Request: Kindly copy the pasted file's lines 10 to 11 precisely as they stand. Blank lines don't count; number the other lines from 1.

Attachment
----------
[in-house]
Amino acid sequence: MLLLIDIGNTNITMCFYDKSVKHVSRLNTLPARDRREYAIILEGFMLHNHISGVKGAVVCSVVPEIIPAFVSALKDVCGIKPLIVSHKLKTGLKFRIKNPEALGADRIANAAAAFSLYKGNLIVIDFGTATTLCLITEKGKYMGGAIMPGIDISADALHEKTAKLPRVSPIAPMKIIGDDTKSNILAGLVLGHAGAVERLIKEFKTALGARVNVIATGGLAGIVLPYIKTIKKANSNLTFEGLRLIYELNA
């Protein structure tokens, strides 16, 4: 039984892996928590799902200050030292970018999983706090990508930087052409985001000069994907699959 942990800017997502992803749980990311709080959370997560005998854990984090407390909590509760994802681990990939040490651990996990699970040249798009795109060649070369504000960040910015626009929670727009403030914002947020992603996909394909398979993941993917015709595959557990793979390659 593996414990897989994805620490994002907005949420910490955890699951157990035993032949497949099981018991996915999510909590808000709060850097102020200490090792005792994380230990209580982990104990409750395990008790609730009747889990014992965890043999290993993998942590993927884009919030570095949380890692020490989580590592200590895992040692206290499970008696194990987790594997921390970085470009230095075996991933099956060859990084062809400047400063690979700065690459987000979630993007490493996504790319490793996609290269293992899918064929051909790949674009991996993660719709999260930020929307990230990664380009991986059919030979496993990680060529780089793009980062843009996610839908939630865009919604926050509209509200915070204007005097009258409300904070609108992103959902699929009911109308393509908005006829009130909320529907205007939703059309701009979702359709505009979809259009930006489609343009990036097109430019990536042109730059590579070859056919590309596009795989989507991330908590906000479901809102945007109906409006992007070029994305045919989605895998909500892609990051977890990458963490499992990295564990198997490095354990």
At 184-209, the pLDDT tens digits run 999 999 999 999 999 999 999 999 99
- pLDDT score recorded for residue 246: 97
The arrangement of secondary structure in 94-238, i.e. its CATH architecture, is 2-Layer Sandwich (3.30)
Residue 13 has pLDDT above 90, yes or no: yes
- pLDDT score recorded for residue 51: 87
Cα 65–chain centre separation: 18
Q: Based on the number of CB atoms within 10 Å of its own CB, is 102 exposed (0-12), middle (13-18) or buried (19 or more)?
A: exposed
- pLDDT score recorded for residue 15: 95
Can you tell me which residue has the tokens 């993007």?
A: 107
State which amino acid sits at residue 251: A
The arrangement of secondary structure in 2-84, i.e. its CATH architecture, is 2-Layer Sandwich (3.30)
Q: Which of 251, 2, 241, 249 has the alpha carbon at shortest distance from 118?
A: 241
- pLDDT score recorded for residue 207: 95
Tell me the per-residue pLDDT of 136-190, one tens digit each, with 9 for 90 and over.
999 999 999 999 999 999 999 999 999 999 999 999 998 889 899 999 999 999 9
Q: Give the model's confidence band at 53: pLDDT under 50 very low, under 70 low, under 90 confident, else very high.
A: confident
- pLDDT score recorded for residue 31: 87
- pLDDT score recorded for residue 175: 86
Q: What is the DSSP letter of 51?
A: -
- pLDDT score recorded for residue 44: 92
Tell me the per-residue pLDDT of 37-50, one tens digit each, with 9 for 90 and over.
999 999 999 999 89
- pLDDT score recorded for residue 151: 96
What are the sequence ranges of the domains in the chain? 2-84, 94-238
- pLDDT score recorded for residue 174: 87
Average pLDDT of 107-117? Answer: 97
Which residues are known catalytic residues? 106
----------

Q: Based on the number of CB atoms within 10 Å of its own CB, is 102 exposed (0-12), middle (13-18) or buried (19 or more)?
A: exposed